During orientation for the class of 2021, Woodard gave a speech to the incoming class about the impact personal experiences can have on the MIT community. He told a story about the frustration he felt when multiple Black Lives Matter posters on campus were vandalized, but how caring gestures from others reminded him of the value of openly discussing personal and controversial issues. At the end of his speech, Woodard urged students to “open your minds and hearts so you can learn from the world” and ultimately better their communities.
Chocolate City, a New House dorm community of current and former MIT students who share common backgrounds, interests, ethnicities, and experiences, further drives Woodard’s passion for conversation and leadership.
Chocolate City encourages its members to use their experiences to benefit the people from their cultural communities. As co-chair, Woodard spearheaded local outreach initiatives, led the efforts to work with the Institute’s administration to preserve the group’s on-campus housing, and encouraged members to engage in leadership positions throughout campus.
Along with the other students who made up the Presidential Advisory Cabinet, Woodard discussed with President Reif a wide range of issues affecting the MIT student body, from the current political climate, to campus infrastructure, to issues of particular importance to MIT communities of color such as recruitment and retention of faculty from underrepresented minority groups.
Diplomat in the making
Woodard’s affinity for connecting with others should serve him well in his area of interest after graduation, which is diplomacy and East Asian affairs, perhaps through work with the State Department.
Describing his belief that all human beings share a common set of values and desires, Woodard says, “That’s the type of mentality you’d have to have in foreign diplomacy.” After graduating from MIT, he hopes to continue to learn about the United States’s impact on developed and developing countries.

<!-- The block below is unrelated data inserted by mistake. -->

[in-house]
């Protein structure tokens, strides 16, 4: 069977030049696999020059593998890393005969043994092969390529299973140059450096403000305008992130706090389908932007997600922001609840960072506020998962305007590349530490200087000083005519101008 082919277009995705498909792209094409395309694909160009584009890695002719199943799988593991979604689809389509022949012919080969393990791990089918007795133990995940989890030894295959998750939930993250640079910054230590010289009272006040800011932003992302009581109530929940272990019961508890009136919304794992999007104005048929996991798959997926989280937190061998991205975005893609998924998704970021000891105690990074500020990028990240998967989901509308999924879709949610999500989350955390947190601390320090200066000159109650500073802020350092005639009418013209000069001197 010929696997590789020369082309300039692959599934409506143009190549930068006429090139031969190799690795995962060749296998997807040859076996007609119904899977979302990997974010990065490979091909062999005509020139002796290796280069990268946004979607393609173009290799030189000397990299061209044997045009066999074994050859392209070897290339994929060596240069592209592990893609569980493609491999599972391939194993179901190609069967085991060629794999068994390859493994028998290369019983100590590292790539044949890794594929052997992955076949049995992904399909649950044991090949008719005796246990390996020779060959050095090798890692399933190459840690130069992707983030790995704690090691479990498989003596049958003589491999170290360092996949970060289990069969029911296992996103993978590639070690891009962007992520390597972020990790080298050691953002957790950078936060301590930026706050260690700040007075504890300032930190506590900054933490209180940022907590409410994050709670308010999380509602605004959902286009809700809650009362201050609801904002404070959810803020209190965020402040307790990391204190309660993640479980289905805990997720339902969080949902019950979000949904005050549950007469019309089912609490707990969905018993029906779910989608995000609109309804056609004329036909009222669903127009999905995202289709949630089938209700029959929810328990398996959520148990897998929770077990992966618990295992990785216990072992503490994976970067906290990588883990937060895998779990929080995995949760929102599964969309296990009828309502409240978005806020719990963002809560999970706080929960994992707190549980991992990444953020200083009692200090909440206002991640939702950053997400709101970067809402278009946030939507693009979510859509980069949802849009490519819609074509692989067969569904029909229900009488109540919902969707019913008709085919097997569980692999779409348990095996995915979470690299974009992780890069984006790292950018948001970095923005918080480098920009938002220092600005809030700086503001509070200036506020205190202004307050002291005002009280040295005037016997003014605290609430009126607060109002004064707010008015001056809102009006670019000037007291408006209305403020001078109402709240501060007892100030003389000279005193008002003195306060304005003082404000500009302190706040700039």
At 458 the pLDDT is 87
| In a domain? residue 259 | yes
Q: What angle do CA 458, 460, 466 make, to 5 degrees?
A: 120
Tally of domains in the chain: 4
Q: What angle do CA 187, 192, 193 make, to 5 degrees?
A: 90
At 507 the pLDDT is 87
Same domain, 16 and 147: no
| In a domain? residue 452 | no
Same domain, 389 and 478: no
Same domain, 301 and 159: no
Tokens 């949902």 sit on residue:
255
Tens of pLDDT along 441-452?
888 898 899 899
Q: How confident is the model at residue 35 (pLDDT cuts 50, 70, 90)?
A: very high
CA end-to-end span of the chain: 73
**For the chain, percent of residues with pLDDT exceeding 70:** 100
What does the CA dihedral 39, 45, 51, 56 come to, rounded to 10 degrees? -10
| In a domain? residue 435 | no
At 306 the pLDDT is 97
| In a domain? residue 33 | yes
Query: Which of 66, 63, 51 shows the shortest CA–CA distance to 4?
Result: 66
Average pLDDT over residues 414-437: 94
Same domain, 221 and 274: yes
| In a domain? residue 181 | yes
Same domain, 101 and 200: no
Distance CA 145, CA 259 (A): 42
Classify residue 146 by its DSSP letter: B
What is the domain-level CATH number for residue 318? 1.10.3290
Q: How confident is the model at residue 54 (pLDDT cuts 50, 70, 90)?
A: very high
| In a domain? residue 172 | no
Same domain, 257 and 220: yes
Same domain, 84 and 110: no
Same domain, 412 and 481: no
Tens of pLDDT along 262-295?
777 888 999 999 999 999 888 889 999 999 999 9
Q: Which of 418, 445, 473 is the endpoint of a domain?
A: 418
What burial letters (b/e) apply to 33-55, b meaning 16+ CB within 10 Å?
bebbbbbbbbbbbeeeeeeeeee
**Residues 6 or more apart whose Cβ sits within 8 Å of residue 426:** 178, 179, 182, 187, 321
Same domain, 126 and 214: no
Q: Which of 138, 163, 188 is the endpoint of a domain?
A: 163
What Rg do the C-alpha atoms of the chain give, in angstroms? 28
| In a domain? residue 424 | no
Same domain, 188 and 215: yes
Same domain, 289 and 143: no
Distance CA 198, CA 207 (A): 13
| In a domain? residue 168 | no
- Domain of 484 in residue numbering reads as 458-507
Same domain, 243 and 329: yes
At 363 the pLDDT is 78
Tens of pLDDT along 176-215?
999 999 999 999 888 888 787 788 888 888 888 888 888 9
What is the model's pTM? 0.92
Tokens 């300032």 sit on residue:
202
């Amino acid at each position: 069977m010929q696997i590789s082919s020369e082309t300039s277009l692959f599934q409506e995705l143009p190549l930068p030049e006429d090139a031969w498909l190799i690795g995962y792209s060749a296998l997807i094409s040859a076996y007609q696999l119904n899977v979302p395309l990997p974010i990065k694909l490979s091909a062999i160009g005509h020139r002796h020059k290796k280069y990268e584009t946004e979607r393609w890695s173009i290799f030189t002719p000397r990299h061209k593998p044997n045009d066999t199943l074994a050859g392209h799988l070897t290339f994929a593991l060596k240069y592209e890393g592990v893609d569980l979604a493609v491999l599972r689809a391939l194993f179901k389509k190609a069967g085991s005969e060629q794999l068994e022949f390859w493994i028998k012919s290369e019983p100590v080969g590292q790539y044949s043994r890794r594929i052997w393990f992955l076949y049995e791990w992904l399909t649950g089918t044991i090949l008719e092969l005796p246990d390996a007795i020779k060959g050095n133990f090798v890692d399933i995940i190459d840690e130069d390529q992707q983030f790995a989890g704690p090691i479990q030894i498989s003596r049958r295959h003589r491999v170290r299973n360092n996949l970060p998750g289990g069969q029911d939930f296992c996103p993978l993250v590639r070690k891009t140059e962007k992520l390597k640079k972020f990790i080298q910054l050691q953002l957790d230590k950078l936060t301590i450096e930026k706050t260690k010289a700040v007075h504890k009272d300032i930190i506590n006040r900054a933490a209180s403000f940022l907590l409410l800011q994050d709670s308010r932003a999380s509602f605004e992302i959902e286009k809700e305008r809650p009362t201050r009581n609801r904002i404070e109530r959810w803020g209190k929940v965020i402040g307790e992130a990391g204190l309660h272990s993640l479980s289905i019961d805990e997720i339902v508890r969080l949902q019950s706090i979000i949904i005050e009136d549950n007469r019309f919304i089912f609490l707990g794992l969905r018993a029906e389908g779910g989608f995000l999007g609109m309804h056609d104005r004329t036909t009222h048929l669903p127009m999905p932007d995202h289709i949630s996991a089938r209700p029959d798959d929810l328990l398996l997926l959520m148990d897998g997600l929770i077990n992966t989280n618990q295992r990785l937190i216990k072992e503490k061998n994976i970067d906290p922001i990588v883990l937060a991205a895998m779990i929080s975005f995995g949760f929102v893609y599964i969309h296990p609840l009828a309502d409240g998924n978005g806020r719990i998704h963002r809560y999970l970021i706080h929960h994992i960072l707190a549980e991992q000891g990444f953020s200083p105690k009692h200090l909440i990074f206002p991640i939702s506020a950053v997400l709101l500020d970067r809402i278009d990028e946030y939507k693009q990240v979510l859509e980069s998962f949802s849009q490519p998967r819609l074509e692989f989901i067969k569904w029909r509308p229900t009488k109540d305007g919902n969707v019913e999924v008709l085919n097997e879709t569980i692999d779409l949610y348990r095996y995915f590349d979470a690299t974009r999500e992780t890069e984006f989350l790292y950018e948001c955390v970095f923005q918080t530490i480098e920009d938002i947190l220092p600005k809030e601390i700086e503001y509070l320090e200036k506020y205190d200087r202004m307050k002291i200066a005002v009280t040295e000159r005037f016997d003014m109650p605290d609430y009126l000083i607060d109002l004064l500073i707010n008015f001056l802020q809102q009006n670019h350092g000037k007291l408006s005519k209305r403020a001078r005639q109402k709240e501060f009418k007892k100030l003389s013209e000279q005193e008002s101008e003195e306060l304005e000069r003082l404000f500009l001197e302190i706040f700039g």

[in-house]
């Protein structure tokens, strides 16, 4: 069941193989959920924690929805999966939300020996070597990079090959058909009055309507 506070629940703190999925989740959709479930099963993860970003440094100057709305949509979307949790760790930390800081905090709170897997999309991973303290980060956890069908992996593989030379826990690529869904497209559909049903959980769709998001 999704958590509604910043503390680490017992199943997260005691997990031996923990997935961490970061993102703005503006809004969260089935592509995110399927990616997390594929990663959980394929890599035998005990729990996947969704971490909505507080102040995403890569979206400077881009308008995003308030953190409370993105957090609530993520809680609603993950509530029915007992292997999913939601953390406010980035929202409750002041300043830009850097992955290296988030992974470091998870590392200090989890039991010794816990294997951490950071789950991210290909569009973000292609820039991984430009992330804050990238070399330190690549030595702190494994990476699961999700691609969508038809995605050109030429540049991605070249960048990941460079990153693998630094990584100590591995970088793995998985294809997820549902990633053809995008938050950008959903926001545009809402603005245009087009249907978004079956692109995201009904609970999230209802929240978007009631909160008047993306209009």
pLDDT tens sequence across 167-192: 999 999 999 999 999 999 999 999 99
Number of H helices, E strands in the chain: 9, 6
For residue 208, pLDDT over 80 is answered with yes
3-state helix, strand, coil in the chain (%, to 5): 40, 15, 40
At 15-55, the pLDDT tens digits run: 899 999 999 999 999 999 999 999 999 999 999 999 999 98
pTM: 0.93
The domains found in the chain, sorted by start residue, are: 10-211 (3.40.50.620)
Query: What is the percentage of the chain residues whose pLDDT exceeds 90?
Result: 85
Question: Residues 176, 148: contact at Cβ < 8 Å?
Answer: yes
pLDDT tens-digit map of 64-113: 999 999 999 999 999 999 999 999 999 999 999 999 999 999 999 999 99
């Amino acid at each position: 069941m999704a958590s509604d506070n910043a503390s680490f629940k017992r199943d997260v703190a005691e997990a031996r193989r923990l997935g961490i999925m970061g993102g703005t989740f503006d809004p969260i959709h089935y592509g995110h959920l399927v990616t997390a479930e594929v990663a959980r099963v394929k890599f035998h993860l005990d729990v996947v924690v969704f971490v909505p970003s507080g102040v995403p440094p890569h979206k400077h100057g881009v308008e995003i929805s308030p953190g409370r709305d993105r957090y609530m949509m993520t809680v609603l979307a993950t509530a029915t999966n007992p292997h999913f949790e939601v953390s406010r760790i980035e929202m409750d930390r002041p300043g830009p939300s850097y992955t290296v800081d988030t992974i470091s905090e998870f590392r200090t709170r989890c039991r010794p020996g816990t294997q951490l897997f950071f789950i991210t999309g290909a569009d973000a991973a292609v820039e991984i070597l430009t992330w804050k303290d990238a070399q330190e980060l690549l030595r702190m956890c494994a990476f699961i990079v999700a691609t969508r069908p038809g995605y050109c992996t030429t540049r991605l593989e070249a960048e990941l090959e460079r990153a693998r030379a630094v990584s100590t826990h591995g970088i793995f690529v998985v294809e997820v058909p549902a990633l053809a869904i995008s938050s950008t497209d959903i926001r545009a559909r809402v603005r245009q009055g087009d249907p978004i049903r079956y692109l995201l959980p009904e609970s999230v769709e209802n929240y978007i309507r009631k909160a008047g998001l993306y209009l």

Woodard’s minor is Mandarin, which he says he chose over other languages due to China’s explosive economic growth and investment in America’s infrastructure.
During his Mandarin class, he “can learn about culture and learn about the world,” he says. He enjoys taking part in discussions on topics ranging from China’s one-child policy, to tiger moms, to Chinese internet censorship.
However, for Woodard, Mandarin is just the beginning.
“I want to know four languages by the time I’m 30: English, Chinese, Arabic, and Spanish. In that order,” he says.
Woodard’s skills with both people and cameras also led him to launch his own photography business, JC Woodard Photography, during his first year at MIT. Since then, he has taken photos for sororities, fraternities, MIT events, as well as professional headshots for the MIT community. Most recently, he covered comedian Hasan Minhaj’s performance at MIT’s Fall Festival this past September.
“It’s exciting to capture people in moments of emotion,” he says. “Preserving the moment is so cool.”
He suspects his photography skill benefits from his personality. “I don’t know how not to smile, so I’m really personable,” he says, “If you give me a camera, I’m like ‘Hey! Give me a smile, let’s take a picture!’”